A Southwest Airlines policy has sparked debate online for its accommodations for larger passengers.
At Southwest, plus-size passengers can get a free, additional seat when necessary to "protect the comfort and safety of everyone onboard," the airline says. If needed, customers can be provided an entire row for the cost of one seat.
The policy has been in place for more than 30 years, but videos trending on TikTok have brought it recent attention.
"If you're fat, you know the anxiety of flying and this alleviates it a lot," said TikTok user Caroline, who often posts plus-size lifestyle content to her nearly 200,000 followers.
"I had a very comfortable flight just feeling like I was allowed to take up the space I needed," she continued.
Others online say the policy is unfair.
"Me personally, I don't agree with this. I'm 6-foot-4, my legs are always cramped on airlines. Do you see me complaining about not getting additional seats for free? I don't think so," said fitness influencer Ryan Rodal in a TikTok video.
Southwest's "customer of size" policy states that larger passengers with one ticket can discuss their seating needs with a customer service agent at the departure gate.
"If it's determined that a second (or third) seat is needed, you'll be accommodated with a complimentary additional seat," the policy says.
While Southwest will accommodate passengers at the airport, they suggest customers purchase an additional seat with their initial purchase, saying the additional seat will be reimbursed after travel.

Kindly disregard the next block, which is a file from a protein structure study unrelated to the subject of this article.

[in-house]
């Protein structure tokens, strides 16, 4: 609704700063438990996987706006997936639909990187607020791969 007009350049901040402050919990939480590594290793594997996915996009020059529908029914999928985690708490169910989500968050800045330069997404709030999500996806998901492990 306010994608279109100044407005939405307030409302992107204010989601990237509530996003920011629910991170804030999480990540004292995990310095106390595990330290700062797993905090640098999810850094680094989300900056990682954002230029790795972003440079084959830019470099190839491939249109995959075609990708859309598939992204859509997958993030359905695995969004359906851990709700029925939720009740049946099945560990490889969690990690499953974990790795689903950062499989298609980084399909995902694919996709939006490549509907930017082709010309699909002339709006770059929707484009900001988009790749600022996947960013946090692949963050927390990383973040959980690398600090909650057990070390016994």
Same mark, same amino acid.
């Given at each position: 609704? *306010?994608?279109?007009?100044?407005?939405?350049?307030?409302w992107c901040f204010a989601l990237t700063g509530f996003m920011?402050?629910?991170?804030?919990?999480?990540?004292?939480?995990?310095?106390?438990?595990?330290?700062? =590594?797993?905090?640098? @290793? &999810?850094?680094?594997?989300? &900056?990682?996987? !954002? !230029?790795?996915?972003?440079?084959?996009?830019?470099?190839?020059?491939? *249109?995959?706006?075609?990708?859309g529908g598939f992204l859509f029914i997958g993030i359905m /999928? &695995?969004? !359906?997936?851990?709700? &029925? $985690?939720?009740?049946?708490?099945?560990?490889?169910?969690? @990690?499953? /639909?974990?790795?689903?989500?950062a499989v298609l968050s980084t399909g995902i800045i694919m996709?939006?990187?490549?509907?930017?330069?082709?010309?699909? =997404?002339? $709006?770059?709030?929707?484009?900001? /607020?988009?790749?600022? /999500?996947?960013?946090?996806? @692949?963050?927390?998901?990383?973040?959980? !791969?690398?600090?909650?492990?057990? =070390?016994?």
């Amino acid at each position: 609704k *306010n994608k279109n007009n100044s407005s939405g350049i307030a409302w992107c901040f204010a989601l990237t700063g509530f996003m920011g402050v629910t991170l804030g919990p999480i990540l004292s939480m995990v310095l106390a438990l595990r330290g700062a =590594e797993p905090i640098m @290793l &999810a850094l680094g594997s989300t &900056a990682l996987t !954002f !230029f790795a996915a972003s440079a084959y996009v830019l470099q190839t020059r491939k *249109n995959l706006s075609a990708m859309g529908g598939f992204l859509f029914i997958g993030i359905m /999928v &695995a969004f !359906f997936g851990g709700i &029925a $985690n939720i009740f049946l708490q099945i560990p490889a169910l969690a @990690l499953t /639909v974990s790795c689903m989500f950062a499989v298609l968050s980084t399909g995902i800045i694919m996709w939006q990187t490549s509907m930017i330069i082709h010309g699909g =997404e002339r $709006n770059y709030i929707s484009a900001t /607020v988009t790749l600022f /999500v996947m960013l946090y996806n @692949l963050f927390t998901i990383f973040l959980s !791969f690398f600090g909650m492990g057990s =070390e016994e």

"We refund all extra seat purchases for a customer of size, even if the flight oversells," says the airline.
Getting the seat in advance helps the airline account for inventory needs and reduces the chances of an oversale situation, says the airline. It also helps customers avoid confrontation, if uncomfortable, at the gate.
Customers with an "extra seat boarding" document can choose to preboard.
Larger passengers can also request a seatbelt extender, even if they don't need an extra seat.
Southwest says the definitive gauge on whether or not a customer needs a second seat is the armrest, which serves as the boundary between seats.
"If you're unable to lower both armrests and/or encroach upon any portion of a seat next to you, you need a second seat," says the airline.
Review Southwest's "customer of size" policy here.
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